Written in the tradition of I Am Malala and based on the Oscar-nominated documentary The Cave, this searing memoir tells the inspiring story of a young doctor and activist who ran an underground hospital in Damascus, illuminating and humanizing the enduring crisis in Syria.
A Woman’s Story of Survival in Syria
by Amani Ballour
National Geographic, March 2024
(via Kaplan/DeFiore Rights)
Simply put, there is no one in Syria with a story like Dr. Amani Ballour. The only woman to have ever run a wartime hospital, she saved her peers from the atrocities of war while contending with the patriarchal conservatism around her.
Growing up in Assad’s Syria, Dr. Ballour knew she wanted to be more than a housewife, even as her siblings were married off in their teens. As the revolution unfolded, she volunteered at a local clinic and was immediately thrown into the deep end of emergency medicine. Here, she found her voice and the courage to continue.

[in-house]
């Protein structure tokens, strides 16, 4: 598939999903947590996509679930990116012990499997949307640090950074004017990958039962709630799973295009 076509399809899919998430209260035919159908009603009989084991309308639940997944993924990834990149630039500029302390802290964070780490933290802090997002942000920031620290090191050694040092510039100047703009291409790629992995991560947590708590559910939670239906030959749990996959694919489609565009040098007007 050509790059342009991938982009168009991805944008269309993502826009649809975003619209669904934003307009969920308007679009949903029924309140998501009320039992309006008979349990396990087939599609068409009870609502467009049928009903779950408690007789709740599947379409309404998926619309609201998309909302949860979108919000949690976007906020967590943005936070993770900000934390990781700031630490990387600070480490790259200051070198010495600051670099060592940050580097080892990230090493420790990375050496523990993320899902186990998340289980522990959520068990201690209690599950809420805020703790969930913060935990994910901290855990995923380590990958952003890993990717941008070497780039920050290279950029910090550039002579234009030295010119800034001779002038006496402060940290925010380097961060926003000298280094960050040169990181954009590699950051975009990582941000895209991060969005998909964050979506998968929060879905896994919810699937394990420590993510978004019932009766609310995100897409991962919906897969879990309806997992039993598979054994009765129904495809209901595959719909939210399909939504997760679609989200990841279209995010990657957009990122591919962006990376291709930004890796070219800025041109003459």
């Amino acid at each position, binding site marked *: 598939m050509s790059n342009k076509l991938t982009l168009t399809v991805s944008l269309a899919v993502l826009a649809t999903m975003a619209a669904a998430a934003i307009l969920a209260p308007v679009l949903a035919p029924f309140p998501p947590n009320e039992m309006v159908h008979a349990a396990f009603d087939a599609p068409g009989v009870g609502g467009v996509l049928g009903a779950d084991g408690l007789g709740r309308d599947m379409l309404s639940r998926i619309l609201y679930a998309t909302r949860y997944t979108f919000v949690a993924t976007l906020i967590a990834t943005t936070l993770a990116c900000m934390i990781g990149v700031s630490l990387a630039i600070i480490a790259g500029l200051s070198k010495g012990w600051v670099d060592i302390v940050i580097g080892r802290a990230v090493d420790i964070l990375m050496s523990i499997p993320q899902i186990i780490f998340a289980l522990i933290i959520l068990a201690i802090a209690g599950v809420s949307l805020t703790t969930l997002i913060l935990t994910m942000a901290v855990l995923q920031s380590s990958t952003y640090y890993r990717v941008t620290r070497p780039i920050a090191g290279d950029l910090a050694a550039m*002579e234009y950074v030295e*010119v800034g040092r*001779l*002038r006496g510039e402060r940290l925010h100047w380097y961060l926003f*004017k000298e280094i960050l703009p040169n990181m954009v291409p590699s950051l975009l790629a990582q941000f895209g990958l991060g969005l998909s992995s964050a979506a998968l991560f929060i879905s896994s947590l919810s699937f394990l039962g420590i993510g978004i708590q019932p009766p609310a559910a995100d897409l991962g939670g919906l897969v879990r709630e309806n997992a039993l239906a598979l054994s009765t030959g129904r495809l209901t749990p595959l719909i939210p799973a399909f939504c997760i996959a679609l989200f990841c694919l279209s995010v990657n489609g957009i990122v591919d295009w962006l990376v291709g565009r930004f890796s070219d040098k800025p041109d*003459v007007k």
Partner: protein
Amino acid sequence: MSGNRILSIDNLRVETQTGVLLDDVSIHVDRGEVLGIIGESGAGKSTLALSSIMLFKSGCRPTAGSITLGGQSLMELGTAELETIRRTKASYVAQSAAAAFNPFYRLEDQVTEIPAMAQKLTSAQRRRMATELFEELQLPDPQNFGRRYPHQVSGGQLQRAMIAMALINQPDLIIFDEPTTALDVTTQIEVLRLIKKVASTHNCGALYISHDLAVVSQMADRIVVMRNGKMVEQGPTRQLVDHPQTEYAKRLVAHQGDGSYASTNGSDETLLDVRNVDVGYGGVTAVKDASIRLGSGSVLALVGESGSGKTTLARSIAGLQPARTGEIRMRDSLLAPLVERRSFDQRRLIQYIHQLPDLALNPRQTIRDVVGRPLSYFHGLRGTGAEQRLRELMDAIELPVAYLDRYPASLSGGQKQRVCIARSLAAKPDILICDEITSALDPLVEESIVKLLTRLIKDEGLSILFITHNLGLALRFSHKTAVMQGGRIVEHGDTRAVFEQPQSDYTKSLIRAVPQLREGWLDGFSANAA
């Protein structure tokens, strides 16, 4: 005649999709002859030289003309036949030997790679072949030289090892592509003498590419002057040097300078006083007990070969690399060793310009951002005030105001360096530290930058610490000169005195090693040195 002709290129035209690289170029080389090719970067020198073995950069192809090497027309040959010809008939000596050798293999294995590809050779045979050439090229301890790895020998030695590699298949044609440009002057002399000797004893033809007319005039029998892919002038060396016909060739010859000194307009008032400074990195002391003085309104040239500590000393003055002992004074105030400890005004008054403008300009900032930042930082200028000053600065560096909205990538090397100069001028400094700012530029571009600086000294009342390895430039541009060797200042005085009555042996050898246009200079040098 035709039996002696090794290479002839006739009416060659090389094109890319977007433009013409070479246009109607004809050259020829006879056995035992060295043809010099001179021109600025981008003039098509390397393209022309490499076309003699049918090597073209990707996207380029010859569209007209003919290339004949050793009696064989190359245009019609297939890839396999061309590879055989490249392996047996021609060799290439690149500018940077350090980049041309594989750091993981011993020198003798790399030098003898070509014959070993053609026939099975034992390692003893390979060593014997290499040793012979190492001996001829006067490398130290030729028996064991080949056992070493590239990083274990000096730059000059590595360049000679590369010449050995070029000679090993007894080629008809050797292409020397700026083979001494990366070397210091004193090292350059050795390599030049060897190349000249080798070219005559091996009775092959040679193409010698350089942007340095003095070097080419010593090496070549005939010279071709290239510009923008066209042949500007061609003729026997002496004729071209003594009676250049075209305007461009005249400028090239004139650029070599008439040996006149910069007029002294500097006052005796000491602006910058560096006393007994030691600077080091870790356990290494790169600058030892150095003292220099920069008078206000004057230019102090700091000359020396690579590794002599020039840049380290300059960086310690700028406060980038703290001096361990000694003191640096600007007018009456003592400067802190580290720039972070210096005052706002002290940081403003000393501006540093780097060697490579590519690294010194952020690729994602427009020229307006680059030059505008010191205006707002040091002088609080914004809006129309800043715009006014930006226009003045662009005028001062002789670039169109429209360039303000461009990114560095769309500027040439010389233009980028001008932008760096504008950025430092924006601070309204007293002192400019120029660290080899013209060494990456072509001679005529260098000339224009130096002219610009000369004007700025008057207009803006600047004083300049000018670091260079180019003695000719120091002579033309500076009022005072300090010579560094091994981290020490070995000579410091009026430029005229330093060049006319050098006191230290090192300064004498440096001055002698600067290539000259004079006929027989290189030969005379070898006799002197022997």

Among the facets of this powerful tale: Becoming a hospital director. Shielding children from a horrific sarin attack. Losing colleagues. Starvation during the hospital siege. Attempting to employ more women in the hospital and challenging the patriarchy. Abandoning the hospital. Becoming a refugee. Living with trauma. Moving forward.
Amani Ballour is a role model and a game changer who, like Malala Yousafzai, will be remembered as one of history’s great heroines. She is an incredibly brave, passionately committed young humanitarian who, though deeply wounded by her experiences, is not content to quietly deal with her own trauma. Instead, Ballour is determined to seek justice and to do her utmost to ensure that others will not have to face the horrors that she survived.
Amani Ballour graduated from the University of Damascus in 2012. She began her pediatrics specialization before abandoning her studies to help the people of her hometown, under attack from the Assad regime, in an underground medical facility known as The Cave. In 2018, as Assad’s forces closed in, Ballour was forcibly displaced to northern Syria before settling in the United States with her husband in 2021. She is the recipient of the Council of Europe’s prestigious Raoul Wallenberg Prize. She lives in Patterson, New Jersey.
Rania Abouzeid is a multi-award-winning Lebanese-Australian journalist who has reported from across the Middle East for some two decades. Her work has appeared in The New Yorker, Time magazine, National Geographic, and other outlets. She lives in Beirut, Lebanon.